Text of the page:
On this day in 1943, three members of a long-stranded B-17 crew are finally rescued from the Greenland Ice Cap. They’d spent 129 days in frigid temperatures and bitter winds. They’d lost friends. They’d fought gangrene, broken bones, and hunger.
And yet they’d survived.
The B-17 crew had been engaged in a search and rescue mission when they ran into trouble of their own. Just a few hours into their search, the B-17 was overcome by an unexpected whiteout storm. The pilot couldn’t see! His instruments were of no help, either. Pilot Armand Monteverde tried to carefully turn around, but the plane’s wing clipped the glacier. The B-17 crashed, skidding down the ice and breaking in two.
Amazingly, everyone survived, although two men suffered broken bones. But now the crew was stranded in the midst of the icy, difficult Greenland climate.
And winter was just beginning.
The men crowded into the tail section of the bomber, pulling a heavy tarp across the gaping hole where the front of the plane used to be. They weren’t prepared for this situation—not at all. Their clothing and shoes were inadequate. They didn’t have enough food. Sleeping bags were a pipe dream. Instead, they had seat cushions, parachutes, and travel bags. Even the drinks they’d brought with them were now frozen.
“This is as new to me as it is to you,” Monteverde told his men on that first night. “According to regulations, I am in charge. But I want any and all suggestions . . . . We will work it out together.” The crew would later say that Monteverde’s brave and humble leadership got them through the ordeal.
A few days later, tragedy nearly hit again. November 12 was the first clear day since the November 9 crash. Co-pilot Harry Spencer and navigator Bill O’Hara ventured out to look around. They hoped to better pinpoint their location.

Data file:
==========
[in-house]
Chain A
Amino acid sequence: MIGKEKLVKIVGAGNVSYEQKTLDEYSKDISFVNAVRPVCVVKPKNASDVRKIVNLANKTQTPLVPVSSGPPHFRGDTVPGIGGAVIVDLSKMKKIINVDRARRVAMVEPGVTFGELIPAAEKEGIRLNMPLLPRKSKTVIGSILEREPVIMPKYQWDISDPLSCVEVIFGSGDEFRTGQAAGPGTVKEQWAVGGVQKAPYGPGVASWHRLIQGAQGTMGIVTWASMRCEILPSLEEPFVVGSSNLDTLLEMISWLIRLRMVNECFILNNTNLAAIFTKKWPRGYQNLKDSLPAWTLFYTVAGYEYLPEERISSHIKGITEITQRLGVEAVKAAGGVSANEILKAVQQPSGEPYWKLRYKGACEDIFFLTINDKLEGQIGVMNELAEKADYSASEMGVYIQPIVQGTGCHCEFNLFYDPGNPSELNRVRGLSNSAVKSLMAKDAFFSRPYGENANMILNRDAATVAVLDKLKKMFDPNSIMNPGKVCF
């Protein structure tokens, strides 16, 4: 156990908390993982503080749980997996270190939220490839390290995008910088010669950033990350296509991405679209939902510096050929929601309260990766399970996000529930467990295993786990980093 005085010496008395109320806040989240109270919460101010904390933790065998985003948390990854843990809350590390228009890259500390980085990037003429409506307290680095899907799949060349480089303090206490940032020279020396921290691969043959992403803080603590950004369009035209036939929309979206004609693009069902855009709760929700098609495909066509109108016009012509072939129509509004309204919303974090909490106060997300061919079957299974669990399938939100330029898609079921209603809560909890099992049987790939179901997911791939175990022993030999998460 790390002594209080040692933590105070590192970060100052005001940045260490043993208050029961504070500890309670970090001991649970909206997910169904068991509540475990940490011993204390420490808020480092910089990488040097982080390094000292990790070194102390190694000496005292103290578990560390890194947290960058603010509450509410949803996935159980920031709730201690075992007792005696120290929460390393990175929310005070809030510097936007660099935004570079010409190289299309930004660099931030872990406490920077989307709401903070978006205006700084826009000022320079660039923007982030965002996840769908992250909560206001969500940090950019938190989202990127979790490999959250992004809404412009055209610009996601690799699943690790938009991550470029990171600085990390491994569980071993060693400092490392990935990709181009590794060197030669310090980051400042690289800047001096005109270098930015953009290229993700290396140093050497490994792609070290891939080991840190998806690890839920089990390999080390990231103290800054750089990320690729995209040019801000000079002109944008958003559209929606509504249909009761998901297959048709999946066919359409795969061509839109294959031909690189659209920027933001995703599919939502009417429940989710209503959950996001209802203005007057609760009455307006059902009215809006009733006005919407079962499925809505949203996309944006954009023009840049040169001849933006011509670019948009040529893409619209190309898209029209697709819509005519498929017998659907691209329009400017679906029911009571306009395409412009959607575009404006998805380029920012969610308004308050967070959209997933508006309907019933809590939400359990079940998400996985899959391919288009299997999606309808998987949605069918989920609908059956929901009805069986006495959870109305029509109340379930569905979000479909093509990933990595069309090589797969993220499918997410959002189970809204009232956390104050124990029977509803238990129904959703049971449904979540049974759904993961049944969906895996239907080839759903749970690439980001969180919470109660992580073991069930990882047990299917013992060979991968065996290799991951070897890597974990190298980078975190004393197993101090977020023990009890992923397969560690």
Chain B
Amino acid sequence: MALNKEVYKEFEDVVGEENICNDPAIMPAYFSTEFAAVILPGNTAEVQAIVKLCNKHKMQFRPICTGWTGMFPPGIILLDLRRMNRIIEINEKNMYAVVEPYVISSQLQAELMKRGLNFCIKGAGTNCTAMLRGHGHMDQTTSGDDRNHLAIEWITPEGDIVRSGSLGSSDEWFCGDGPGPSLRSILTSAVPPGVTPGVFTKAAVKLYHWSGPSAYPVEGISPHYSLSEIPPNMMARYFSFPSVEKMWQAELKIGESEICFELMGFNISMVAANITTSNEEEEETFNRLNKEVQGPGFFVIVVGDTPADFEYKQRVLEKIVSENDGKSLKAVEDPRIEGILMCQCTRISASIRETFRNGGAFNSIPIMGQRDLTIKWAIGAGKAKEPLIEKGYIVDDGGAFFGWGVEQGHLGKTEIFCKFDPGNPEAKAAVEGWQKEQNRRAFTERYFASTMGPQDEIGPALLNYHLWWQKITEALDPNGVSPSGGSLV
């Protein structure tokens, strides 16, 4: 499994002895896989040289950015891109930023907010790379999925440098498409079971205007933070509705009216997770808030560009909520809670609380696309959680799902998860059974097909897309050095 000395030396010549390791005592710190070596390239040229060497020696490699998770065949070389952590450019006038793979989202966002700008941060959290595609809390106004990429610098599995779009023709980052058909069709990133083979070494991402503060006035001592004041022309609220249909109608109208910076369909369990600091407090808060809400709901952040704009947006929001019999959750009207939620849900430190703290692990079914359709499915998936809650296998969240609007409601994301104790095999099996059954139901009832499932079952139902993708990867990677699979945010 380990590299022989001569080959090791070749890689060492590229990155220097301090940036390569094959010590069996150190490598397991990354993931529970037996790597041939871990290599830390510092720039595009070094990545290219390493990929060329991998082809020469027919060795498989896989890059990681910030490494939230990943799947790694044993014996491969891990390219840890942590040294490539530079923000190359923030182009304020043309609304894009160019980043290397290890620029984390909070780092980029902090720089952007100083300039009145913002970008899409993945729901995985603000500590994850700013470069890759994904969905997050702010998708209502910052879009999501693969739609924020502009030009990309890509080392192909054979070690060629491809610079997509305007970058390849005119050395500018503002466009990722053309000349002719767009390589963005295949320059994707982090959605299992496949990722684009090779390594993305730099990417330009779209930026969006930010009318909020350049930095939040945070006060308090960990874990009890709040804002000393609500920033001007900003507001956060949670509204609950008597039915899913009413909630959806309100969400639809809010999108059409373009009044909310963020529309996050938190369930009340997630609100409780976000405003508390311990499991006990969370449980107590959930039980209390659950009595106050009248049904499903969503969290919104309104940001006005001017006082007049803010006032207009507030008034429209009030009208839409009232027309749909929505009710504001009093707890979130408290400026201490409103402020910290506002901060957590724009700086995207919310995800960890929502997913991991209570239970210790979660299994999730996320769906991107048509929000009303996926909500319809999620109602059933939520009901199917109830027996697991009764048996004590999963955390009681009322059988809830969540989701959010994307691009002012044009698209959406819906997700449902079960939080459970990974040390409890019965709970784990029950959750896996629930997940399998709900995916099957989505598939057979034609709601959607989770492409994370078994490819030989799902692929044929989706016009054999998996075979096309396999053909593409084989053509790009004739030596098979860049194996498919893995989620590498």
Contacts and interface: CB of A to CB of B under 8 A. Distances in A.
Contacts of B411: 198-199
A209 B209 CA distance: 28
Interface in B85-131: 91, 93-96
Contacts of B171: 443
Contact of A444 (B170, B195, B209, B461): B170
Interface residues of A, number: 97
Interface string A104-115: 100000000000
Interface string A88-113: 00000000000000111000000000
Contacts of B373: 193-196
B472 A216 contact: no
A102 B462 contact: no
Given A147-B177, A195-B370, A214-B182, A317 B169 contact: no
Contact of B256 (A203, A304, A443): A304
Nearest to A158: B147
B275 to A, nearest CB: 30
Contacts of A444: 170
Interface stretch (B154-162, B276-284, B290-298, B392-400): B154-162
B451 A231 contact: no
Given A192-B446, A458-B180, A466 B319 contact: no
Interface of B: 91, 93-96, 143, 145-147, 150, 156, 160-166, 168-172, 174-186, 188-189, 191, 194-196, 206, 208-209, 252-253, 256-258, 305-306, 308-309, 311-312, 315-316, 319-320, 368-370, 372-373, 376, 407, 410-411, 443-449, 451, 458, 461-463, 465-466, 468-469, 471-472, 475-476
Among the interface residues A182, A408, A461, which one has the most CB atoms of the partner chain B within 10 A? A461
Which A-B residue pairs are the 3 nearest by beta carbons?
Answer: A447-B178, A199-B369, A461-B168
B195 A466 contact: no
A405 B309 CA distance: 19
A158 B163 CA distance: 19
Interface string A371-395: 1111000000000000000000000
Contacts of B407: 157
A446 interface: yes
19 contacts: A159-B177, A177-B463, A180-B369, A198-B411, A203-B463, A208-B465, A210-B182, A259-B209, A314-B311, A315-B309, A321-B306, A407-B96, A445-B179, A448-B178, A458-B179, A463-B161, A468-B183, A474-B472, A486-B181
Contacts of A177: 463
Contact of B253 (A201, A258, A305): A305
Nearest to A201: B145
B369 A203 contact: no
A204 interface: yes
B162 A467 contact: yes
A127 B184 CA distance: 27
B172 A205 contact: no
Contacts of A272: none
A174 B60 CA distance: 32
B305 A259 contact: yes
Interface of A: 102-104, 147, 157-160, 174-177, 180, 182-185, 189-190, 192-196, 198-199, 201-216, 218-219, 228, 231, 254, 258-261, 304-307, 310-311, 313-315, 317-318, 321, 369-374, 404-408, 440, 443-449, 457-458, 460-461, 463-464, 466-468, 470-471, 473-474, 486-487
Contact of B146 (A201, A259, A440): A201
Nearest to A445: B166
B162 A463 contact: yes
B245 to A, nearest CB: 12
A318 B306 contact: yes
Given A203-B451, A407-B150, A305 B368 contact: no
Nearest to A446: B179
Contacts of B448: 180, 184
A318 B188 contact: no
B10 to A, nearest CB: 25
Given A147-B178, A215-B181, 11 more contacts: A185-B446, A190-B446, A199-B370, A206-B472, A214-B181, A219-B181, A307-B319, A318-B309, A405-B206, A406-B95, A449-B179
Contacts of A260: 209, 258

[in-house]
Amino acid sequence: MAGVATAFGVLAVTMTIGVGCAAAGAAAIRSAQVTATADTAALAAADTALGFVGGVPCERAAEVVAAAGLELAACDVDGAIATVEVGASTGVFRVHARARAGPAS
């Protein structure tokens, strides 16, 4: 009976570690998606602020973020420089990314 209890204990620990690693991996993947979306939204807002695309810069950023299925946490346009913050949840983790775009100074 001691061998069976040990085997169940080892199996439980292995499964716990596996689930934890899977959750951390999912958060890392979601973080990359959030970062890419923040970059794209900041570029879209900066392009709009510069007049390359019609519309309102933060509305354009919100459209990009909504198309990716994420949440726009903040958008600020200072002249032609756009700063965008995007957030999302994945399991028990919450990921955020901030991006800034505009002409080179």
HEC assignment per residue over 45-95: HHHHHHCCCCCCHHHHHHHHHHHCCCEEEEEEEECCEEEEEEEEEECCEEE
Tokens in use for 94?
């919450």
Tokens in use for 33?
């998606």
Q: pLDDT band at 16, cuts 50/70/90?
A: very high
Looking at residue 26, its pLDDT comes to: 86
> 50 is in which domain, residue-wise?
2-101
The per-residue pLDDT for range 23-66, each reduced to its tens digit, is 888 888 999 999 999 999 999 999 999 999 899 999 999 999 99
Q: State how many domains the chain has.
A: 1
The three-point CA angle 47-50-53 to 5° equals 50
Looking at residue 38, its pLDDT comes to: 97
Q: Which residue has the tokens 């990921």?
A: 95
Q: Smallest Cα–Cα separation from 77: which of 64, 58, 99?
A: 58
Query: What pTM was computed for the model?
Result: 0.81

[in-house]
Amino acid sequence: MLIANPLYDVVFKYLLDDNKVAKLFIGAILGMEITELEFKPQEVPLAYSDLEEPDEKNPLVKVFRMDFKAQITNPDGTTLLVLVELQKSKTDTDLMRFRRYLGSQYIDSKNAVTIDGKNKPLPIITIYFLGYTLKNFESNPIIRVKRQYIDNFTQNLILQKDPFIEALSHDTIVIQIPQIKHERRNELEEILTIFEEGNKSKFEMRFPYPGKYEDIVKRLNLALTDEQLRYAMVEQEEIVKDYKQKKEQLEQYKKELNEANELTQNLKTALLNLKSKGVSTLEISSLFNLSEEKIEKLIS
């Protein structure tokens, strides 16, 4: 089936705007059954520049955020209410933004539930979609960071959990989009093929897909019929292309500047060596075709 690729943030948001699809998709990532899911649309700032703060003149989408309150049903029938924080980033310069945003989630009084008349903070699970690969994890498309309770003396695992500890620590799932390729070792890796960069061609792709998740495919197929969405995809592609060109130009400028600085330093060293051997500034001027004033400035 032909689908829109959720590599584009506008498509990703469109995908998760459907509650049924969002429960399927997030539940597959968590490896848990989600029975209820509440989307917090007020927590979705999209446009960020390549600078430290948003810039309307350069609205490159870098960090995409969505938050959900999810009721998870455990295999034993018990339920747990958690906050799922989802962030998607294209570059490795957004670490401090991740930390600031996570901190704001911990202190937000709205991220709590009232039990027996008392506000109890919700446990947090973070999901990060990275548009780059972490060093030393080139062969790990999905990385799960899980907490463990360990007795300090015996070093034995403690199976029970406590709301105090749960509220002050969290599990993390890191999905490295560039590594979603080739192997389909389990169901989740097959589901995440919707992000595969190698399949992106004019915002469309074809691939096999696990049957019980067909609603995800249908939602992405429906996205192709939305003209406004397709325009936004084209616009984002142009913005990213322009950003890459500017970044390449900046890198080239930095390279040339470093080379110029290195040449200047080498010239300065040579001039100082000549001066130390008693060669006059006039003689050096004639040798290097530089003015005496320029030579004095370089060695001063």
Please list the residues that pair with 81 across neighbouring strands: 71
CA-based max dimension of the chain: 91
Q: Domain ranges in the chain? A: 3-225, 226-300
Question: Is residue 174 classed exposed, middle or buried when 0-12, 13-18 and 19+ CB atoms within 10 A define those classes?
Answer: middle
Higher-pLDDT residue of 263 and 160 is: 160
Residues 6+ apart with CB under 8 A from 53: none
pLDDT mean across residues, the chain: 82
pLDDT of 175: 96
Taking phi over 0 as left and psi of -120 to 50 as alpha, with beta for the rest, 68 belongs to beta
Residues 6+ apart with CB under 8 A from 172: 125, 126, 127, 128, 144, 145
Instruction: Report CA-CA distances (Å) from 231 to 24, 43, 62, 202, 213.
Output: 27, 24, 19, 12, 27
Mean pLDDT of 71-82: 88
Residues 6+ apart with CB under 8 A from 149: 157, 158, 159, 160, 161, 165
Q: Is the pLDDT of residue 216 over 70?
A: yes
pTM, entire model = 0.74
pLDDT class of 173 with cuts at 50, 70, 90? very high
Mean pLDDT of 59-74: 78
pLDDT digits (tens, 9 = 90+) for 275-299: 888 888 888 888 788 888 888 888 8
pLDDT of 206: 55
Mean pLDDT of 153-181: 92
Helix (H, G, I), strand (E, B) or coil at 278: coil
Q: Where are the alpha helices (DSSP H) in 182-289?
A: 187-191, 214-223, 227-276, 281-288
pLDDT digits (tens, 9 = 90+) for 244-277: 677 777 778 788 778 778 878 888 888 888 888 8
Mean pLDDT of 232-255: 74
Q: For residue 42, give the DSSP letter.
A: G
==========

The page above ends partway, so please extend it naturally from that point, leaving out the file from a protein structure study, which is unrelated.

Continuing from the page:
Suddenly, Spencer went crashing through the ice. He’d accidentally stepped on a thin ice bridge that hid a gaping crevasse. Unbelievably, his fall was stopped by a random block of ice that had wedged itself into just the right spot. If Spencer had fallen even a few inches in a different direction, he would have missed it completely and plummeted to his death.
Spencer believed that divine intervention saved his life.
His crewmates were able to pull him out of the hole, but O’Hara’s feet would never recover. His shoes were all wrong for the snow, and Spencer’s rescue had taken several hours. Nevertheless, everyone mostly felt fortunate that Spencer was still alive.
That night, all nine men prayed together. They would maintain that habit of praying, as a community, for the rest of their ordeal.
Just a few days later, radio operator Loren “Lolly” Howarth gave the men another reason to cheer: He got the radio working again! It had taken days (and a lot of pain in his half-frozen fingers), but he was finally able to send an SOS message on November 16. Soon, the radio’s receiver working, too. The crew was ecstatic: People knew they were alive! Supplies were coming! They had been so close to running out of food. What a relief.
Except then a week passed without any sign of a rescue plane. The weather had deteriorated too much. Finally, on November 24, a plane broke through. It flew over the crash site and dropped supplies.
Monteverde and his men literally cried with relief, even as the tears froze on their cheeks.
Rescue efforts would be mounted, of course. The story continues tomorrow.
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Bernt Balchen et. al, War Below Zero: The Battle for Greenland (1944)
Captain Donald M. Taub, The Greenland Ice Cap Rescue of B-17 “PN9E” (U.S. Coast Guard History Program)
Captain Oliver LaFarge, Five months on an Arctic Icecap: Dramatic first-hand account of rescue of American flyers–Story of their hardships (St. Louis Post-Dispatch; May 9, 1943)
Mitchell Zuckoff, Frozen in Time: An Epic Story of Survival and a Modern Quest for Lost Heroes of World War II (2013)